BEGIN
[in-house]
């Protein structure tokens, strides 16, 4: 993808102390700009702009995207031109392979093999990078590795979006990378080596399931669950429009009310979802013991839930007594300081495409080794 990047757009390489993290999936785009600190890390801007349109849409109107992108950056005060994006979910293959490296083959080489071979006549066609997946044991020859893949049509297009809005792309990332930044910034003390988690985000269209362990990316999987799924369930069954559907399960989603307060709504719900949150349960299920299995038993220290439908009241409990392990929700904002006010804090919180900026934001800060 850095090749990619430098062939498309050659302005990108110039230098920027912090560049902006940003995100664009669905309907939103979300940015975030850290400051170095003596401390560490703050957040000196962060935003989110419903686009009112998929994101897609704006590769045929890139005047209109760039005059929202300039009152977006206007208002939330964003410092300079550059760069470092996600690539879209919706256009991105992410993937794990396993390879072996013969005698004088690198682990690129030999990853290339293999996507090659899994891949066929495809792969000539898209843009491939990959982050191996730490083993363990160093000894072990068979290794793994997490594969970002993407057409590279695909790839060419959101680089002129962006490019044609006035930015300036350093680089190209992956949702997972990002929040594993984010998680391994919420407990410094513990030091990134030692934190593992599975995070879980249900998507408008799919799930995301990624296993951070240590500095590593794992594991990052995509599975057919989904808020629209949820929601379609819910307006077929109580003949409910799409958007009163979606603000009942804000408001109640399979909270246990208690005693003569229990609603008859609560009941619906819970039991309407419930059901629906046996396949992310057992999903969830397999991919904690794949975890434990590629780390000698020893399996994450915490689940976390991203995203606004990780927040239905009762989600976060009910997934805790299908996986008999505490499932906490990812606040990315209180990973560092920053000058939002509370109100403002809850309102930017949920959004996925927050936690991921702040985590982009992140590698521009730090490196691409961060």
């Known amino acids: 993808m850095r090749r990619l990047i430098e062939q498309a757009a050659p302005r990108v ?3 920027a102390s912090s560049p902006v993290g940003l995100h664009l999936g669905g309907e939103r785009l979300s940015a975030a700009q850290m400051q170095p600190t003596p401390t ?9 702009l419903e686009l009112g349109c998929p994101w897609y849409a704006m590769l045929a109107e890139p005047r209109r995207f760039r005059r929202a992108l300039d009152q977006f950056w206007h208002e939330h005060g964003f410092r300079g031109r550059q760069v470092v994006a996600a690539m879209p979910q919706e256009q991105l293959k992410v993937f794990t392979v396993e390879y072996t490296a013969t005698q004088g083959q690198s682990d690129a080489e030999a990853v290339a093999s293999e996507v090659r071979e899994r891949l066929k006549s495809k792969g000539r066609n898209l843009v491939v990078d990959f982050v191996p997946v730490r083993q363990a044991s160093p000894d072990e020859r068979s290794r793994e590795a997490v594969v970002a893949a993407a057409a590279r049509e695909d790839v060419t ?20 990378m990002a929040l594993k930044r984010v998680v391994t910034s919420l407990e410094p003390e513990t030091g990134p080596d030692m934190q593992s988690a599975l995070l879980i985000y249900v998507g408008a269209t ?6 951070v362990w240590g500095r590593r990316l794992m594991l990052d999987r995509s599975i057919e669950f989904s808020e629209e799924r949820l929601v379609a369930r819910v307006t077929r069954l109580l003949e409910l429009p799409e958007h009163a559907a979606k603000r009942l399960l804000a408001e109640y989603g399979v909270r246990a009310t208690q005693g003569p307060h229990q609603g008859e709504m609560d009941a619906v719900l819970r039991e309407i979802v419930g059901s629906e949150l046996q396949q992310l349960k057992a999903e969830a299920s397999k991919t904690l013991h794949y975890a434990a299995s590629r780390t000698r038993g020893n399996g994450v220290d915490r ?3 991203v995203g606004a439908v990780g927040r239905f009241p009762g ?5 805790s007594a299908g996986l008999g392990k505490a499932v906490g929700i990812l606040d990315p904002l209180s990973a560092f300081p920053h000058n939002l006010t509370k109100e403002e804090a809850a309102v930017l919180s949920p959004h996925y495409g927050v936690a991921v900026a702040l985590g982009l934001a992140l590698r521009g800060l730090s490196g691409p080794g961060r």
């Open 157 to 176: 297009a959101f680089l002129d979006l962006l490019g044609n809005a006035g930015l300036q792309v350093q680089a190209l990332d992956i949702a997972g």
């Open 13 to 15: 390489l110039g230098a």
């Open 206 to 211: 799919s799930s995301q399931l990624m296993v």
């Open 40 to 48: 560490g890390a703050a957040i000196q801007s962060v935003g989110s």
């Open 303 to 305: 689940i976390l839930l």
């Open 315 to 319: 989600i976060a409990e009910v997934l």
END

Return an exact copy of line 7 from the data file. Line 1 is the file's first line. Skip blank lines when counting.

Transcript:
């Open 40 to 48: 560490g890390a703050a957040i000196q801007s962060v935003g989110s």